Digitization and Current Times
A revitalization of the herbarium in the 1990's was helped by several events. In 1991, the herbarium received a large grant from the State of Louisiana to computerize the collections. A series of Associate Directors were hired to modernize the herbarium, including Mark Mayfield, Tom Wendt, and Diane Ferguson. In 1992, the Clair Brown Memorial Endowment was established, providing the initial efforts to intentionally support the longevity of the herbarium. In addition to increased staff and funding, LSU moved the herbarium to a new building, the Life Sciences Annex, completed in April 2001. The goals of the LSU Herbarium became to be the premier collection of Louisiana and Gulf Coast plants and to become a resource of international importance for the plants and fungi of the northern part of the New World Tropics.
Bringing these goals to fruition, a series of National Science Foundation awards to digitize and improve the collections began in 2009, and has been ongoing and uninterrupted ever since. Transformatively, in 2015, the herbarium was generously endowed by a gift from Kenneth and Shirley Tucker. Dr. Shirley Tucker began as a biology lecturer at LSU, eventually rising through faculty's highest ranks by becoming a Boyd professor. Her strong academic achievements and generous contributions to LSU make the Shirley C. Tucker Herbarium a hub of botany for the state, drawing talented graduate students from around the world to work with professors of botany, mycology, and plant ecology whom all utilize the herbarium. A ribbon cutting ceremony held on October 15, 2015 in the herbarium, commemorated her contributions as a benefactor and scientist. With over 150 peer reviewed publications and as a former president of the Botanic Society of America and the American Society of Plant Taxonomists, Dr. Tucker leads an honorable legacy. Additionally, her lichen and bryophyte herbarium that she began building during her undergraduate years is equally impressive and one of the largest of it's kind in the southeastern USA.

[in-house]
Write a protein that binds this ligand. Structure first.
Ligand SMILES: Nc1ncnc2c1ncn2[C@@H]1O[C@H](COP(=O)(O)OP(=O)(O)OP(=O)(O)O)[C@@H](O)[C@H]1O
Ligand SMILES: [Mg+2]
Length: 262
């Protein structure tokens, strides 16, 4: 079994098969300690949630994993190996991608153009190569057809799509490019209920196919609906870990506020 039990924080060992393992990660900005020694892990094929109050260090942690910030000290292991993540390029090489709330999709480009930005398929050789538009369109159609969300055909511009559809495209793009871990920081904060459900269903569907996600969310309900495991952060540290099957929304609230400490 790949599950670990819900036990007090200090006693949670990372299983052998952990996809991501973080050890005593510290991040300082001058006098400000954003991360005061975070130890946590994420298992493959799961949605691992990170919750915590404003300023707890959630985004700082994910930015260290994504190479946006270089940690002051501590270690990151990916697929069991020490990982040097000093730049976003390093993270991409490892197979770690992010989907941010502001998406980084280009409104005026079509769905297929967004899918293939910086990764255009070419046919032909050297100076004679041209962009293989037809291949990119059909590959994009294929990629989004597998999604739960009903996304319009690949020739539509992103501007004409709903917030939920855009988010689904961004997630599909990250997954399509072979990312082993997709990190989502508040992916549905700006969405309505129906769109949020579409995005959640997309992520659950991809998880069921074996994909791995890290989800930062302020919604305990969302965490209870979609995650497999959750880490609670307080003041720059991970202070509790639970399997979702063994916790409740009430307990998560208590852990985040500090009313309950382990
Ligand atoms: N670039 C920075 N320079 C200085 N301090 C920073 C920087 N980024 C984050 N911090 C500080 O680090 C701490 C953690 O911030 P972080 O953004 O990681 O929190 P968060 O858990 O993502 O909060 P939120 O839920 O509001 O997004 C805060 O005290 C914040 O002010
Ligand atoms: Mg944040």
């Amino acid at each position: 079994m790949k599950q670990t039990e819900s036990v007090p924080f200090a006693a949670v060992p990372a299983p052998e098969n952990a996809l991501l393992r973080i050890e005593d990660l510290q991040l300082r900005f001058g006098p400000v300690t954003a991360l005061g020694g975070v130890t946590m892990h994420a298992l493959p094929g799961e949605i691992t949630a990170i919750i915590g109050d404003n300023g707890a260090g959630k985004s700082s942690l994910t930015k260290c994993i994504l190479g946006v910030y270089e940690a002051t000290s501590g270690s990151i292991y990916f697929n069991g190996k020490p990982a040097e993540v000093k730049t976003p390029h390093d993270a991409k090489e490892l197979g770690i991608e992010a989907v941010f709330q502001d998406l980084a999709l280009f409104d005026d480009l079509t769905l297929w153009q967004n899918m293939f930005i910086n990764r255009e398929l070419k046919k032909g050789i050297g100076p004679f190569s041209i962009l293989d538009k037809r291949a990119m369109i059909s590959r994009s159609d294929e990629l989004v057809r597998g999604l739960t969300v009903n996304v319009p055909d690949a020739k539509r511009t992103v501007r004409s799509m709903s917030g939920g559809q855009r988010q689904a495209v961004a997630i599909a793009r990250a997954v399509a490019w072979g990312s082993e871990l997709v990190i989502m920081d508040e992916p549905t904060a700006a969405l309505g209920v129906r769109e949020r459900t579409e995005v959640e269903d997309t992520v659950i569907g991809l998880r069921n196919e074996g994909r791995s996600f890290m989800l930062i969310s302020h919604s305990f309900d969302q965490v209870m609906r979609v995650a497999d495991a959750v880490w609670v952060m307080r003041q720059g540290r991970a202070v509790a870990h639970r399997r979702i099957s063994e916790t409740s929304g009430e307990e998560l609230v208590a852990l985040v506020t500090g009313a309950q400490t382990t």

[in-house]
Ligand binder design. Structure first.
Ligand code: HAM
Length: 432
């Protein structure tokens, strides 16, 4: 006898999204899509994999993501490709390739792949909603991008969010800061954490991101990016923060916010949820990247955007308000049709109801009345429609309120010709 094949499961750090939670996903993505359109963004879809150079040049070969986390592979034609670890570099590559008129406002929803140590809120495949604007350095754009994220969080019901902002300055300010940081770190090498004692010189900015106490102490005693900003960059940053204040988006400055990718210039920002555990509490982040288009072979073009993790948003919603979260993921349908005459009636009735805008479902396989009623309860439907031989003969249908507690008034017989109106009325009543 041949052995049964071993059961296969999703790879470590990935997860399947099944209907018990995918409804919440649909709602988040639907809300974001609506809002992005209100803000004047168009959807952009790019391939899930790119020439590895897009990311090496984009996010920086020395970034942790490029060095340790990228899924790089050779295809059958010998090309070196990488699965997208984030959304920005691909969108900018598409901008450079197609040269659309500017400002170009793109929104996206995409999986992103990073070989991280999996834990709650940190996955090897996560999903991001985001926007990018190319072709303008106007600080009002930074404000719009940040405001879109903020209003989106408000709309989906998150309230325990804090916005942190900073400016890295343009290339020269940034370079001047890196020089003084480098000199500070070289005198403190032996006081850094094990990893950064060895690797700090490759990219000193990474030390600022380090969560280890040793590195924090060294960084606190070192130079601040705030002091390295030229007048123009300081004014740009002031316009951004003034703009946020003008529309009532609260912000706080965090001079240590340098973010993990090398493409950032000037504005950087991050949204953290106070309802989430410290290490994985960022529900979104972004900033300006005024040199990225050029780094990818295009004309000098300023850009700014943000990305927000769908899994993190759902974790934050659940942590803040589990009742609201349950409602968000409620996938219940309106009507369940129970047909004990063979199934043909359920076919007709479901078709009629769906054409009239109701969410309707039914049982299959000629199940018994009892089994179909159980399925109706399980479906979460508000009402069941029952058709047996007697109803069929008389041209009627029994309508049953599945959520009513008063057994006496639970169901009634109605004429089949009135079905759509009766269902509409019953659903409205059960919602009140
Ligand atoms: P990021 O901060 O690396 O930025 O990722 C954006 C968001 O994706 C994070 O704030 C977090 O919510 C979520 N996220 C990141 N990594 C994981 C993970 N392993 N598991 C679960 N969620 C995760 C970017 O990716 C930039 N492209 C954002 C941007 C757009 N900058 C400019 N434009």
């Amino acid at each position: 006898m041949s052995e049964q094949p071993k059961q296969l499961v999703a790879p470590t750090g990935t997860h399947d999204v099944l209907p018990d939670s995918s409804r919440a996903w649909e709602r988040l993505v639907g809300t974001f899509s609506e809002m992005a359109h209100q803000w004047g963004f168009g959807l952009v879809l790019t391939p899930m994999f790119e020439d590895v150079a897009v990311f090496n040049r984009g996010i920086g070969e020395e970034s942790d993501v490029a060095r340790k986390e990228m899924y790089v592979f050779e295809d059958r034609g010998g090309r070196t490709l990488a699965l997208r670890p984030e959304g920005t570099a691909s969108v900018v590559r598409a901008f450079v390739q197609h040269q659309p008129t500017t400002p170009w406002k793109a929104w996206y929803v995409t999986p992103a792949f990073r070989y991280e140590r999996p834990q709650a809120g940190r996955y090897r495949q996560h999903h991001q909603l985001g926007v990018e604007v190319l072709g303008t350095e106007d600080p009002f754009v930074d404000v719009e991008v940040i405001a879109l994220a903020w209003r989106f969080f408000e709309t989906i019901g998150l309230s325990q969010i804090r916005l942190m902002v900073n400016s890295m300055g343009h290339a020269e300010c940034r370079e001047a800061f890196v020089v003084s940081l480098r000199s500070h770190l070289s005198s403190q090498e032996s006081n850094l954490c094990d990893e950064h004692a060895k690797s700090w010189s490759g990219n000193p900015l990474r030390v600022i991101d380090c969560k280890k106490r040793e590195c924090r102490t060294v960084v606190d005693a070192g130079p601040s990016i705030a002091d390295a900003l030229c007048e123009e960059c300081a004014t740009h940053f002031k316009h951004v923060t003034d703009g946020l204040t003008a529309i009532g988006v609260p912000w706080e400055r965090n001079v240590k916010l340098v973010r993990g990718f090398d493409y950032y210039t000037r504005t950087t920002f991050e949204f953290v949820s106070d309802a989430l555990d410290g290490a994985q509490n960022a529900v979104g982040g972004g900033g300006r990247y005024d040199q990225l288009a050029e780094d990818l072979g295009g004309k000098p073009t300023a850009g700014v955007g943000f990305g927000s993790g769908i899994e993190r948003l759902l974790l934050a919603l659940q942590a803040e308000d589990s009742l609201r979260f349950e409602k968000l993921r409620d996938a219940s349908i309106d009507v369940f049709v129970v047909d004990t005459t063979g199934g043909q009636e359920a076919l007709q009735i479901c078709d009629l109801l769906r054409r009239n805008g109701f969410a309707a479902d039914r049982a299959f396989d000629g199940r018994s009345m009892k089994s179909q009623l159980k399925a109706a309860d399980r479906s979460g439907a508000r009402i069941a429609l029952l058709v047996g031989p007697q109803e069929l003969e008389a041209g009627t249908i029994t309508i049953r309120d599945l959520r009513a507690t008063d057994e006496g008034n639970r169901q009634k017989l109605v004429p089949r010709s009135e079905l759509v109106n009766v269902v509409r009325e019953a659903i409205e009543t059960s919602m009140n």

Digitization of the entire herbarium, which provides at least a skeletal data record and label photograph of every specimen, was completed in 2022. The current staff work to curate, further digitize, and build the collections, maximizing support for collections based research. The Herbarium Director and Curator, Dr. Laura Lagomarsino, The Tucker Chair of Biological Sciences, Dr. Sarah Mathews, and The Herbarium Collections Manager, Jennifer Kluse, along with a team of faculty, students, staff, and volunteers, work together to steward the herbarium and build LSU's botany program.